Tuesday, November 7, 2017

Movie Review - Sharapanjaram

This is an old Malayalam movie directed by Hariharan. This was supposedly loosely inspired by D H Lawrence's novel Lady Chatterley's Lover. I felt 'loosely' was an understatement as I felt the ideologies espoused were polar opposite.

As English isn't my first language, I found D H Lawrence's novels are an assault on my limited vocabulary and regular understanding of sentence structure. His writing style reminded me one of Kannada's foremost writers, Kuvempu. Kuvempu came from a caste which, though dominant, wasn't allowed to learn Sanskrit. Now, in olden days Sanskrit was the language of learning and it made all the difference. As a protest against such discrimination, he inundated many of his Kannada works with Sanskrit words. I wonder whether working class background D H Lawrence forced him to showcase his command over the language. Or whether it was a challenge to the critics to measure up to his intellectualism, considering the fact that his books would have been considered pornography and thus low.

In Lady Chatterley's Lover, the main female character part of the upper class lusts after and loves a man from working class. This much is similar in the case of the Malayalam movie Sharapanjaram. While in Lady Chatterley's Lover, the working class hero is a good man, in Sharapanjaram, he's an evil man. As I already mentioned about D H Lawrence's working class background, I was interested in knowing that Malayalam movie director's background. I couldn't find the caste of the director Hariharan. However, Malayattoor Ramakrishnan, the script writer, comes from a privileged caste. So, we have a working class writer writing the original story about a working class person and questioning the class differences and trying to prove that true differences lie in our attitude or in our feelings that has nothing to do with the class they belong to. Love is a classless feeling. And then we have a privileged caste person writing a script which basically reinforced the stereotype that working class men are brutes and who don't understand love at all. The mistake of the upper class woman in falling in love and marrying a working class man had to be corrected by eliminating the working class man.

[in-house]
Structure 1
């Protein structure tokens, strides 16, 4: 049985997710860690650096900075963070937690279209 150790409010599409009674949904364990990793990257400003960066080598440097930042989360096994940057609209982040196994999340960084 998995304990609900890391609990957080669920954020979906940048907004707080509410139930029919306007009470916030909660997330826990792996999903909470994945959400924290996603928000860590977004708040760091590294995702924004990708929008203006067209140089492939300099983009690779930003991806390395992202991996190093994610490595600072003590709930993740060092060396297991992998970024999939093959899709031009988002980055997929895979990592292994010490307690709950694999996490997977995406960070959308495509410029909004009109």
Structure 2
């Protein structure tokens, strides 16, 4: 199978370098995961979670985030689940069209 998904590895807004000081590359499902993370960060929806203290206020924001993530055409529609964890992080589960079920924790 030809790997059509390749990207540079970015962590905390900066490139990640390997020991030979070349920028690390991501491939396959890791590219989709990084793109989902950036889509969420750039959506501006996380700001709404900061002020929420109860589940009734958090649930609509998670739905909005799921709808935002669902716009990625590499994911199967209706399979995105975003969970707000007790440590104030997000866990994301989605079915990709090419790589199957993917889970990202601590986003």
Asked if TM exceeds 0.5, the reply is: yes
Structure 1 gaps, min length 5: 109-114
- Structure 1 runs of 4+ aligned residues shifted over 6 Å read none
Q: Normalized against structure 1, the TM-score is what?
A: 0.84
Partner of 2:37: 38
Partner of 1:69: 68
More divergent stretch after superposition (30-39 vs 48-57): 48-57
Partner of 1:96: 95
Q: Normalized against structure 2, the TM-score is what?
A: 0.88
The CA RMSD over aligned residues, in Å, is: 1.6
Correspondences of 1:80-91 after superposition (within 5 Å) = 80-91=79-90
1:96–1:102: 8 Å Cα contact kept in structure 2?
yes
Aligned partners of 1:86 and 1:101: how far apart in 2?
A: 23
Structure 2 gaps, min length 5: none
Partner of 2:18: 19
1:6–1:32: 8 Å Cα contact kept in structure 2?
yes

Also, D H Lawrence's working class man is much more complex. In fact, he could move between upper class and working class worlds with ease. Even though the relationship was built on compatibility of love and lust between upper and working class persons, the author made sure that working class man was intellectually equal to the upper class woman. I think this is important as the feudal upper class men of that era in fact married woman only based on their class and not on educational or intellectual compatibility (as education was optional for women in general). So, D H Lawrence's working class man basically mocked at the existing class system which only considered birth and had no place for compatibility of love and lust and also intellectualism.

It would be unfair to expect such a high level thinking in the Malayalam movie, however, one can only say that it was basically anti-Lady Chatterley's Lover.

Thursday, September 28, 2017

Thinking about thinking - notes

In one of my previous posts I wrote:
Once I moved to professional life, my usage of English went up. And nowadays I think only in English and it's not just technical information. I find it interesting to observe that where the common lingo would have been Kannada when conversing face-to-face, the imaginary talks are conducted in English.